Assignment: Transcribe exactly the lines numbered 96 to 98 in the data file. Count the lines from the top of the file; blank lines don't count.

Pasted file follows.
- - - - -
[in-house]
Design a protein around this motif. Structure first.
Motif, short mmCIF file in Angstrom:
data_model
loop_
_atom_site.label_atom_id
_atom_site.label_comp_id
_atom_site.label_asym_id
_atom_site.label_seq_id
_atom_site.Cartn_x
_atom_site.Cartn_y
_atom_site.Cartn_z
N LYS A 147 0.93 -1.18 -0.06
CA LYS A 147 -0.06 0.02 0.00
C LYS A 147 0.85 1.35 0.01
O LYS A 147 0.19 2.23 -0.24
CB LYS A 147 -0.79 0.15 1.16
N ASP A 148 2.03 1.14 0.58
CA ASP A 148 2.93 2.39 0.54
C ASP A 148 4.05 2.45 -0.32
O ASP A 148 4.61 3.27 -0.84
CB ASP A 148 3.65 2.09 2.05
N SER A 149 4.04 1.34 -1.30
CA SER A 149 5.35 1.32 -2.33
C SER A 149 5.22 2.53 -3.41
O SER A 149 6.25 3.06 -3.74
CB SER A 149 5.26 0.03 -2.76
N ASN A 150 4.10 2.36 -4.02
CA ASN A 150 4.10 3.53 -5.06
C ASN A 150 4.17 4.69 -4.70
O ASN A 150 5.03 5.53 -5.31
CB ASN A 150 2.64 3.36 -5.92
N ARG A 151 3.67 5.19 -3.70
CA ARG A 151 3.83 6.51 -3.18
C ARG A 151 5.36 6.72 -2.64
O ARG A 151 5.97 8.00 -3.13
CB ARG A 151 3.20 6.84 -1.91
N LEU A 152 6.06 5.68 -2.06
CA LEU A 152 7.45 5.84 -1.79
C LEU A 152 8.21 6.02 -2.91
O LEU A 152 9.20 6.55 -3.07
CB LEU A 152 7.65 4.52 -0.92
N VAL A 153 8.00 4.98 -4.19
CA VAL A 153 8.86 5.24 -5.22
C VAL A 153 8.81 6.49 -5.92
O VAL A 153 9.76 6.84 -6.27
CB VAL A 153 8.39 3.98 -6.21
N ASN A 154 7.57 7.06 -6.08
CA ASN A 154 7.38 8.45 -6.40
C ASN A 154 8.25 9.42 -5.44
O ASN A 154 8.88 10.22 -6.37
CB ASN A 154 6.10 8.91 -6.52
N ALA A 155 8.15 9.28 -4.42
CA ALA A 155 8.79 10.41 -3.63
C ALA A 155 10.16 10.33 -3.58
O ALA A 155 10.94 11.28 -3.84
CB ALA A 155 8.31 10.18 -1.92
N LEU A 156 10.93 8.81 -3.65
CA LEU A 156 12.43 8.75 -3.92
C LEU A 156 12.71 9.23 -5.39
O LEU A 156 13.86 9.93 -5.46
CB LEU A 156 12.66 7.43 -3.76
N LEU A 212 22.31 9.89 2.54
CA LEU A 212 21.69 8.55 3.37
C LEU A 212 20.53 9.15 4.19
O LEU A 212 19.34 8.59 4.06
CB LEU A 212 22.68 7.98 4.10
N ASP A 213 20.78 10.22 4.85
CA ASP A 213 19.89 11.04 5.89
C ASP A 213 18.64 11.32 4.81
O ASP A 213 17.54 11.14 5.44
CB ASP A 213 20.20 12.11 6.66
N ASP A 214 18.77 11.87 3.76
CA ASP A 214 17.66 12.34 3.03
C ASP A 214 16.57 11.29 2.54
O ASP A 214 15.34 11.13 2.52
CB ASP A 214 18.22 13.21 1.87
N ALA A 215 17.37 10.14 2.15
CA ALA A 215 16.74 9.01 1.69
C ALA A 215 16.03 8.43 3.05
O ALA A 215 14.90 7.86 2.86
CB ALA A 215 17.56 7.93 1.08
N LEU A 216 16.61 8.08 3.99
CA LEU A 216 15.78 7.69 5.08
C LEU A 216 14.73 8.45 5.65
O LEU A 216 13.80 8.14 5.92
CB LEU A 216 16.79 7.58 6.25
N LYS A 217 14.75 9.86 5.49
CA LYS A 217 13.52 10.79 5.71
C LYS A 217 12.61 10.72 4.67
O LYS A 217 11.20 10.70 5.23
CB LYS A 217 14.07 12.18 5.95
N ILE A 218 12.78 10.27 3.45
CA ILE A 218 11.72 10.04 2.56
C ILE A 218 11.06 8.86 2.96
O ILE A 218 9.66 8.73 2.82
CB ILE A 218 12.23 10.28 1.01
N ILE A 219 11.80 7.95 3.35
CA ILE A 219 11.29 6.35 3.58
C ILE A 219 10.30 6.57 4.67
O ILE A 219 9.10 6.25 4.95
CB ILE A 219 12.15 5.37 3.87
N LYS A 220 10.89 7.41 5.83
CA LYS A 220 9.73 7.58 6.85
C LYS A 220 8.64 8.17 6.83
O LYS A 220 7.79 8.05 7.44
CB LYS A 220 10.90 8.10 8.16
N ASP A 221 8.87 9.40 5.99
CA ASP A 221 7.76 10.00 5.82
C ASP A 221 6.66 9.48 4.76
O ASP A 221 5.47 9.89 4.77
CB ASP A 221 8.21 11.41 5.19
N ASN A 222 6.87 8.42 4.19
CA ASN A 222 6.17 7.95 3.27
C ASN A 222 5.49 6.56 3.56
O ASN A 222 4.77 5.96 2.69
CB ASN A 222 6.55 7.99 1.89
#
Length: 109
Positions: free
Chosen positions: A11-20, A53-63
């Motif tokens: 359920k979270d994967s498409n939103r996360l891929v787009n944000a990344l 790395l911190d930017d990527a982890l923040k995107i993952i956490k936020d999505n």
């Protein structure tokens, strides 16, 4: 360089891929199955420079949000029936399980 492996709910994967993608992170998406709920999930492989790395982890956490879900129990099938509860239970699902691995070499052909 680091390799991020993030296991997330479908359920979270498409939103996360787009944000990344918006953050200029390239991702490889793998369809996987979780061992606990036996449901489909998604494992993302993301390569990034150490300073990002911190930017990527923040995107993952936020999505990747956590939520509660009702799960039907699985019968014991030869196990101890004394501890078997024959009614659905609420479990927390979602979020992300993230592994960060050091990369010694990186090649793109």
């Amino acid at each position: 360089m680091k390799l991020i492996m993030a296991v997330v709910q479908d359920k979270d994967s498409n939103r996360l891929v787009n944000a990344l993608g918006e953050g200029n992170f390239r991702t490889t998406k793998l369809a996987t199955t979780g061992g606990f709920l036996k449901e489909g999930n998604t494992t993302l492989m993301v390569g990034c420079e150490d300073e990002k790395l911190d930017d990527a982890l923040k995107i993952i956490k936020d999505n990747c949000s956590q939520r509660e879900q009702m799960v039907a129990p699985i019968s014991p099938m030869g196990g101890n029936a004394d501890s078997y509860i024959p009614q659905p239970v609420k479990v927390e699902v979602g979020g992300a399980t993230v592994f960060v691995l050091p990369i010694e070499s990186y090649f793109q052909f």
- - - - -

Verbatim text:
O ILE A 218 9.66 8.73 2.82
CB ILE A 218 12.23 10.28 1.01
N ILE A 219 11.80 7.95 3.35